- 1 tablespoon brown sugar
- 1 tablespoon ground cumin
- 1 tablespoon chili powder
- 1 teaspoon cayenne pepper adjust for spice preference
- Wood chunks or pellets hickory, oak, or mesquite
- Butcher paper or heavy-duty aluminum foil
Prepping the Brisket
- Start by removing the brisket from its packaging and rinsing it under cold water. Pat it dry with paper towels.
- Trim any excess fat from the brisket, leaving about 1/4 inch of fat on top. This helps keep the meat moist during the long smoking process.
- Mix the salt, black pepper, paprika, garlic powder, onion powder, brown sugar, cumin, chili powder, and cayenne pepper in a small bowl to create your flavorful rub.
- Rub the spice mixture generously all over the brisket. Make sure to get into all the nooks and crannies for maximum flavor.
Firing Up the Smoker
- Fire up your smoker or grill and set it to a low, steady temperature of 225°F. Use your choice of wood chunks or pellets to create that smoky flavor. Hickory, oak, or mesquite work great for brisket.
- Place an aluminum drip pan filled with water on the smoker's grate to help maintain moisture.
Smoking the Brisket
- Once the smoker reaches the desired temperature and the smoke is clean, place the seasoned brisket on the grate, fat side up. Close the lid and let the magic happen!
- Throughout the smoking process, maintain a consistent temperature of 225°F. You might need to adjust the vents or controls to achieve this.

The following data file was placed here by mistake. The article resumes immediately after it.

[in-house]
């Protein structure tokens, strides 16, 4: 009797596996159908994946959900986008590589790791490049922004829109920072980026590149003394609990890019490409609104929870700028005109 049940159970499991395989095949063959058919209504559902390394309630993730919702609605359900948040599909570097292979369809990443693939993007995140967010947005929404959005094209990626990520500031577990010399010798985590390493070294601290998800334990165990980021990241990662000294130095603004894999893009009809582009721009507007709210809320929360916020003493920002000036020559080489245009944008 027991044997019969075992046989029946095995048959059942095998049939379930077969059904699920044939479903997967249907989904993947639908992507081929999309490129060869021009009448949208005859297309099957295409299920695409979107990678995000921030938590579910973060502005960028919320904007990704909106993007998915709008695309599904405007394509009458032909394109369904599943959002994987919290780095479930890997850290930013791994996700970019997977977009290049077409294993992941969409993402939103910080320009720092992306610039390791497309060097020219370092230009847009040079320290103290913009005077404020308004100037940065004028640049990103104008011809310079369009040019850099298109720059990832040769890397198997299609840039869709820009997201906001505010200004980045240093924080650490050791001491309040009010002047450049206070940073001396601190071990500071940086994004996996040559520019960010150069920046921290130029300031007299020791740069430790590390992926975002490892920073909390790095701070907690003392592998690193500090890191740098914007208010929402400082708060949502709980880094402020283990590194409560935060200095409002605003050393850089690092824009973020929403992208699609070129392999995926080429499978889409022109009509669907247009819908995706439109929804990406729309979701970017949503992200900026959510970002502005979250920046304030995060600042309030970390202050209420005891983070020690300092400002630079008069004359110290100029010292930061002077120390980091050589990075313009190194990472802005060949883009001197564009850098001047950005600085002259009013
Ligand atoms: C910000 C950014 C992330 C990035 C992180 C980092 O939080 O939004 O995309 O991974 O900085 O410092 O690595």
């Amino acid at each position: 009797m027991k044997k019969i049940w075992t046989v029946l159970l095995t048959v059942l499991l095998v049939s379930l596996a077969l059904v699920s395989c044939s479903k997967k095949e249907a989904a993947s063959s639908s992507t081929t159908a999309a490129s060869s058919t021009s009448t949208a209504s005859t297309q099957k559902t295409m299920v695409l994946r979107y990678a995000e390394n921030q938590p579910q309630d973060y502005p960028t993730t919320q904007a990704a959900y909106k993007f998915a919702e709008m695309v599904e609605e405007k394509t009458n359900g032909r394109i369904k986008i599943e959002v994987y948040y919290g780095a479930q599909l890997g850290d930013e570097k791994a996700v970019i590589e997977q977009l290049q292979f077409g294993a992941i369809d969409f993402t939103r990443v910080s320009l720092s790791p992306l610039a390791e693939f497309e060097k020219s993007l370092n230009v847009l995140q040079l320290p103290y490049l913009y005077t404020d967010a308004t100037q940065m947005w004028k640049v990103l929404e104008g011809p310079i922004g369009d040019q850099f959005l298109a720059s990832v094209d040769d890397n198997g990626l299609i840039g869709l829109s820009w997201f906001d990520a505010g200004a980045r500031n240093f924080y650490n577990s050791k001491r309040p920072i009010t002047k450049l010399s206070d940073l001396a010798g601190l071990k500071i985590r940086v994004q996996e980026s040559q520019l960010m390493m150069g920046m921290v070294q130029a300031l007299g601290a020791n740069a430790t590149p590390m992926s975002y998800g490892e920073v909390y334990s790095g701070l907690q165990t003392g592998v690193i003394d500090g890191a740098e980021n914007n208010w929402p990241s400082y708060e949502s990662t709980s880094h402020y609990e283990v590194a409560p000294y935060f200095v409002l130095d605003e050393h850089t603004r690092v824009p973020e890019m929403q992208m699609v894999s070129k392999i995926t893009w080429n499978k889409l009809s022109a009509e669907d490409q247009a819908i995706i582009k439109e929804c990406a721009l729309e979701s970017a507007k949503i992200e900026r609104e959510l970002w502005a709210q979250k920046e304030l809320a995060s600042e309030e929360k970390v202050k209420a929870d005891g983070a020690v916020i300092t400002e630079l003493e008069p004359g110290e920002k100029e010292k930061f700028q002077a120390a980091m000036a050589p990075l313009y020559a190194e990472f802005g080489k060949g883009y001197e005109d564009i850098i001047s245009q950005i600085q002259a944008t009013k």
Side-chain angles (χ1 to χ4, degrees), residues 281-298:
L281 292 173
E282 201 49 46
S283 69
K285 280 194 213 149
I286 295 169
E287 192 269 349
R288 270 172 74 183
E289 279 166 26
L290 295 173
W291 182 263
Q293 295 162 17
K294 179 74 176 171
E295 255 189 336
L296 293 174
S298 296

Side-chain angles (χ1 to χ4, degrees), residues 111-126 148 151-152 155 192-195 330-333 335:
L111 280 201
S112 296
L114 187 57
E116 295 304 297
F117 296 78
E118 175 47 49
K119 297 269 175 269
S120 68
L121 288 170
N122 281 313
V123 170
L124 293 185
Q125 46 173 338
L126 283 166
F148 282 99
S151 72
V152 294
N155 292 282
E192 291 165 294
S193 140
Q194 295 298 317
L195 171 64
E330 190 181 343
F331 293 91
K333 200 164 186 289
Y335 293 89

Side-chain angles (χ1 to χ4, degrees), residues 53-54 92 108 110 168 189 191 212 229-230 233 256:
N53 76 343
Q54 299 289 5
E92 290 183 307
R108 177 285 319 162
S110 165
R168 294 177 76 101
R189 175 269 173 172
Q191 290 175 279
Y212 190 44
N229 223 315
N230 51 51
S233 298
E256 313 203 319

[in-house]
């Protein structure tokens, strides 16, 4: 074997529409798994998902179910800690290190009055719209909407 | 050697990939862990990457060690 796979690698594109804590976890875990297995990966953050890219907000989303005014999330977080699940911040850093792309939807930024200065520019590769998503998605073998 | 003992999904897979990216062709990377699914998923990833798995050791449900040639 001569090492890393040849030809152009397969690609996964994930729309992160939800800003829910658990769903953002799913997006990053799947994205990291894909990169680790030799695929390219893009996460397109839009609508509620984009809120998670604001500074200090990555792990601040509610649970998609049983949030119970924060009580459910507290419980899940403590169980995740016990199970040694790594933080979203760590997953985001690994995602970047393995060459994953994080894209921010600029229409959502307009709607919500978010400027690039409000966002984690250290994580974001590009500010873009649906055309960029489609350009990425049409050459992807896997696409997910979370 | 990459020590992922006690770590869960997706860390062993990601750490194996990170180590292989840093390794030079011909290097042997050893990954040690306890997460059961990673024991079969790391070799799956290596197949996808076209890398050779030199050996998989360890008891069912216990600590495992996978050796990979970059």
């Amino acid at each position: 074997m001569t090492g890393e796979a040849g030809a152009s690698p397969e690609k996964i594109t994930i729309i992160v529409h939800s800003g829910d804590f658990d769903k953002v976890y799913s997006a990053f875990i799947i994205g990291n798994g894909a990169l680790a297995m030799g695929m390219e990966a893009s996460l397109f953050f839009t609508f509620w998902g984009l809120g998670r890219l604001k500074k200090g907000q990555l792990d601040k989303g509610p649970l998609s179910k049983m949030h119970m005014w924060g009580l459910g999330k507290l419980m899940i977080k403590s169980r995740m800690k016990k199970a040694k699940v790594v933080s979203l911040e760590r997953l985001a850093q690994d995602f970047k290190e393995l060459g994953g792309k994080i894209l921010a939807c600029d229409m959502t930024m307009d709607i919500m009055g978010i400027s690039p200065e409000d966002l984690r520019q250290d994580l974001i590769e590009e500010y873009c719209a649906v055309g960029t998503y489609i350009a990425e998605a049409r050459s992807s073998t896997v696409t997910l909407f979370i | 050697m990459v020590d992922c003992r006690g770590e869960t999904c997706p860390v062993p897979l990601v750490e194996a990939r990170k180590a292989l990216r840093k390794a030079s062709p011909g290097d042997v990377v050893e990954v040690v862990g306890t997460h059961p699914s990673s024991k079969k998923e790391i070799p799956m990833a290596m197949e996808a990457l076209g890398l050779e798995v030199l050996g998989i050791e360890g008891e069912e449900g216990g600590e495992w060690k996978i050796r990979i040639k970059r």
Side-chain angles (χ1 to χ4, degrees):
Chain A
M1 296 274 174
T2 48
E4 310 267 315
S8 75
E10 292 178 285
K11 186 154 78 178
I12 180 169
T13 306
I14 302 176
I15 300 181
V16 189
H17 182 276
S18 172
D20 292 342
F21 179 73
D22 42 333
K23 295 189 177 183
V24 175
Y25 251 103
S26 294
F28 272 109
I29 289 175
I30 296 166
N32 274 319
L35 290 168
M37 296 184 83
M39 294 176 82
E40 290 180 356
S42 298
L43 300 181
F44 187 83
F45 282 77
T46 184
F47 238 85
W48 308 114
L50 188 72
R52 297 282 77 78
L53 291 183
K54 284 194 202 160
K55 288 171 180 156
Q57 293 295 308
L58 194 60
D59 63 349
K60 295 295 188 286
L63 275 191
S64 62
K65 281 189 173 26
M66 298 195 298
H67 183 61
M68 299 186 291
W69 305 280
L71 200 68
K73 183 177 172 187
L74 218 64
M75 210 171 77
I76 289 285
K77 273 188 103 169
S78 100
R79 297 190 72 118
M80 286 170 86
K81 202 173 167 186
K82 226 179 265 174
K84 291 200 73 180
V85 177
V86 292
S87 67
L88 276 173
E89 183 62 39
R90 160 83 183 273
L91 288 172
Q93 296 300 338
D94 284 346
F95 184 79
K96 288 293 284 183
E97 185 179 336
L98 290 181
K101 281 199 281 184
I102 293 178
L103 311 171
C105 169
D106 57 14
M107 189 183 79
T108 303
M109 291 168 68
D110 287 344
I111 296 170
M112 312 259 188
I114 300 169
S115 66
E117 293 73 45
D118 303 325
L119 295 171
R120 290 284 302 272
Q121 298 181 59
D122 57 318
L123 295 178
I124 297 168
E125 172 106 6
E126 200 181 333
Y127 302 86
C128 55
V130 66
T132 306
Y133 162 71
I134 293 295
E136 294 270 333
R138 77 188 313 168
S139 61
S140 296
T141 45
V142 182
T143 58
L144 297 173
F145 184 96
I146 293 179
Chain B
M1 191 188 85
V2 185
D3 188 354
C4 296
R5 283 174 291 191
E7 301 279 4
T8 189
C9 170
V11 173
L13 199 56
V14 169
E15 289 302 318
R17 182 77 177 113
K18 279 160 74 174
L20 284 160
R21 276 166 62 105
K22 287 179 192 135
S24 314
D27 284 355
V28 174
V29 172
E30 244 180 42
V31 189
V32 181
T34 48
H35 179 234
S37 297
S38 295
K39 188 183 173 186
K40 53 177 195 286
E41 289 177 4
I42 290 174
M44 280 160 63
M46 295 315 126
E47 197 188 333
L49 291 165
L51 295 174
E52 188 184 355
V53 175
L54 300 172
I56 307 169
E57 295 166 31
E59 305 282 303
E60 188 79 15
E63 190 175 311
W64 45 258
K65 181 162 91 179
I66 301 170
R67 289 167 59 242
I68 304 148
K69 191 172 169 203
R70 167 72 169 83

- Every hour, spritz the brisket with water using the spray bottle. This keeps the surface moist and helps develop a beautiful bark.
The Texas Crutch
- When the brisket reaches an internal temperature of around 165°F (usually after 6-7 hours), it's time for the Texas Crutch. Wrap the brisket tightly in butcher paper or heavy-duty aluminum foil.
- Place the wrapped brisket back on the smoker and continue cooking until it reaches an internal temperature of 200-205°F. This can take another 3-5 hours, but remember, it's all about the temperature, not the time.
Resting and Slicing
- Once your brisket hits that magical temperature range, remove it from the smoker and let it rest, still wrapped, in an insulated container or cooler for at least 1-2 hours. This allows the juices to redistribute and makes for a juicy brisket.
- When it's time to serve, carefully unwrap the brisket and slice it against the grain into 1/4-inch thick slices. This step is crucial for tenderness.